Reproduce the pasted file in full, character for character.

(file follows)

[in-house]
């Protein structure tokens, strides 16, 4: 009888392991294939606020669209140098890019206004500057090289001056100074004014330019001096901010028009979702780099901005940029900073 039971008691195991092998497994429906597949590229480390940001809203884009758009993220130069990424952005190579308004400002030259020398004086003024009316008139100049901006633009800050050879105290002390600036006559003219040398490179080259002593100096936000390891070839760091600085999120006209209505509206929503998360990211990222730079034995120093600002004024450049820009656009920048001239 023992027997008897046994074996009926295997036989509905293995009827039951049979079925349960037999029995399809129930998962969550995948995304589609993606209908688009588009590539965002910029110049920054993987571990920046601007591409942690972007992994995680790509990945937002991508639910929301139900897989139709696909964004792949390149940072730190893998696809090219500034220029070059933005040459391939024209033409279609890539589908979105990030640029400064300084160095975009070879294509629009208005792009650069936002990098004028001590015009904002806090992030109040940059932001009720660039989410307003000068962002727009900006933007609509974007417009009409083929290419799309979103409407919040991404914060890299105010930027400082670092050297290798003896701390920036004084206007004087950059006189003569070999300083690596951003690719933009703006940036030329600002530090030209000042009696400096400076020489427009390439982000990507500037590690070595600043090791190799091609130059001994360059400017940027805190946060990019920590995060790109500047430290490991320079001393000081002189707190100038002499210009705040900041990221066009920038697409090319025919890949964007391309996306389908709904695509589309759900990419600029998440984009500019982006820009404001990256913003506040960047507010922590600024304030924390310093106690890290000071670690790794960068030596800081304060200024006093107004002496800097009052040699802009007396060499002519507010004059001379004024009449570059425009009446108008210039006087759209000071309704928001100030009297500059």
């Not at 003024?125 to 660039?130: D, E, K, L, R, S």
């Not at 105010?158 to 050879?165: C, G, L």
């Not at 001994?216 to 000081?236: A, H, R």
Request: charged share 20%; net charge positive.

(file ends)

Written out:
[in-house]
């Protein structure tokens, strides 16, 4: 009888392991294939606020669209140098890019206004500057090289001056100074004014330019001096901010028009979702780099901005940029900073 039971008691195991092998497994429906597949590229480390940001809203884009758009993220130069990424952005190579308004400002030259020398004086003024009316008139100049901006633009800050050879105290002390600036006559003219040398490179080259002593100096936000390891070839760091600085999120006209209505509206929503998360990211990222730079034995120093600002004024450049820009656009920048001239 023992027997008897046994074996009926295997036989509905293995009827039951049979079925349960037999029995399809129930998962969550995948995304589609993606209908688009588009590539965002910029110049920054993987571990920046601007591409942690972007992994995680790509990945937002991508639910929301139900897989139709696909964004792949390149940072730190893998696809090219500034220029070059933005040459391939024209033409279609890539589908979105990030640029400064300084160095975009070879294509629009208005792009650069936002990098004028001590015009904002806090992030109040940059932001009720660039989410307003000068962002727009900006933007609509974007417009009409083929290419799309979103409407919040991404914060890299105010930027400082670092050297290798003896701390920036004084206007004087950059006189003569070999300083690596951003690719933009703006940036030329600002530090030209000042009696400096400076020489427009390439982000990507500037590690070595600043090791190799091609130059001994360059400017940027805190946060990019920590995060790109500047430290490991320079001393000081002189707190100038002499210009705040900041990221066009920038697409090319025919890949964007391309996306389908709904695509589309759900990419600029998440984009500019982006820009404001990256913003506040960047507010922590600024304030924390310093106690890290000071670690790794960068030596800081304060200024006093107004002496800097009052040699802009007396060499002519507010004059001379004024009449570059425009009446108008210039006087759209000071309704928001100030009297500059």
């Not at 003024?125 to 660039?130: D, E, K, L, R, S």
């Not at 105010?158 to 050879?165: C, G, L």
């Not at 001994?216 to 000081?236: A, H, R």
Request: charged share 20%; net charge positive.